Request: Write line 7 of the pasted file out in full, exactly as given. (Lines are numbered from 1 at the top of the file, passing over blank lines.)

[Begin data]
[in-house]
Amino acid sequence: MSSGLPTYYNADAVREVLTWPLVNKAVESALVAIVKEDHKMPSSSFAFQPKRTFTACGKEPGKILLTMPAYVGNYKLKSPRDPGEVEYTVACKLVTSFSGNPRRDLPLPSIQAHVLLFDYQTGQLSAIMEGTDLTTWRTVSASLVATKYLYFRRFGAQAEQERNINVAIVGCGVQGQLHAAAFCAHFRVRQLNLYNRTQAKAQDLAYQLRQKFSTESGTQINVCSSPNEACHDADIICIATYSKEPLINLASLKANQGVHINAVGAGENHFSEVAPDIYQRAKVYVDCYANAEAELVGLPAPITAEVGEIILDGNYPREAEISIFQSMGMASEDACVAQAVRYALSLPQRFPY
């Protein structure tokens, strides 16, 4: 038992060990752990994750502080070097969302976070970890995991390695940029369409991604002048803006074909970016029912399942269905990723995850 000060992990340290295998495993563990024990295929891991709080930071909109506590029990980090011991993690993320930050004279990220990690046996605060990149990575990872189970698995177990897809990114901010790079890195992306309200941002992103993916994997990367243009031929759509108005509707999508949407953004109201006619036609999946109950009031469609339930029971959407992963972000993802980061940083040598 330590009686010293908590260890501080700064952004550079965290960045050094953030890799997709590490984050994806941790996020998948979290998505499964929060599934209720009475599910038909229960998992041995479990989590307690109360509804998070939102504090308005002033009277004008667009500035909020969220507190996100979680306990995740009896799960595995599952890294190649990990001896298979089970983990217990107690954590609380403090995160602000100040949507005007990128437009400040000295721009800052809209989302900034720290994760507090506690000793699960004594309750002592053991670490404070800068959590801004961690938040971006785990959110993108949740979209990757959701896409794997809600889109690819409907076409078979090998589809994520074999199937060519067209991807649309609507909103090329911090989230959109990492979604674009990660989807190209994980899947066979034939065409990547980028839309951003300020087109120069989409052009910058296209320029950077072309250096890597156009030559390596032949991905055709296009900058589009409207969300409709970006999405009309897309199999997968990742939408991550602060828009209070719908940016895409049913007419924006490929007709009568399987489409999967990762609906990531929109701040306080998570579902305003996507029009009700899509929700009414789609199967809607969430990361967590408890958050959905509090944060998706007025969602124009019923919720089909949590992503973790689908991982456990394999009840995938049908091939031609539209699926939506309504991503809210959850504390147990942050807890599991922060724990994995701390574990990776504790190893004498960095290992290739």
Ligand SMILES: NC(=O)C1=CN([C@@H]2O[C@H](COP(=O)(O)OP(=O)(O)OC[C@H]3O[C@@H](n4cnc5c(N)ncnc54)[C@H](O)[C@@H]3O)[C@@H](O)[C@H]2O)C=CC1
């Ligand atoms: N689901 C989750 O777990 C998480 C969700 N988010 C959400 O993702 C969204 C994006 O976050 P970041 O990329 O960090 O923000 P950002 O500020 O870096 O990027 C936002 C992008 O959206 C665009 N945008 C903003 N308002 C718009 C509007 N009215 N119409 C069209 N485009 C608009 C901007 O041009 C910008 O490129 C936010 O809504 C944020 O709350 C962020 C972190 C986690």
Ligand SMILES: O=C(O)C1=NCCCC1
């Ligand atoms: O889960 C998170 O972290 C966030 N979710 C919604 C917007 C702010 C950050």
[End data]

């Ligand atoms: O889960 C998170 O972290 C966030 N979710 C919604 C917007 C702010 C950050």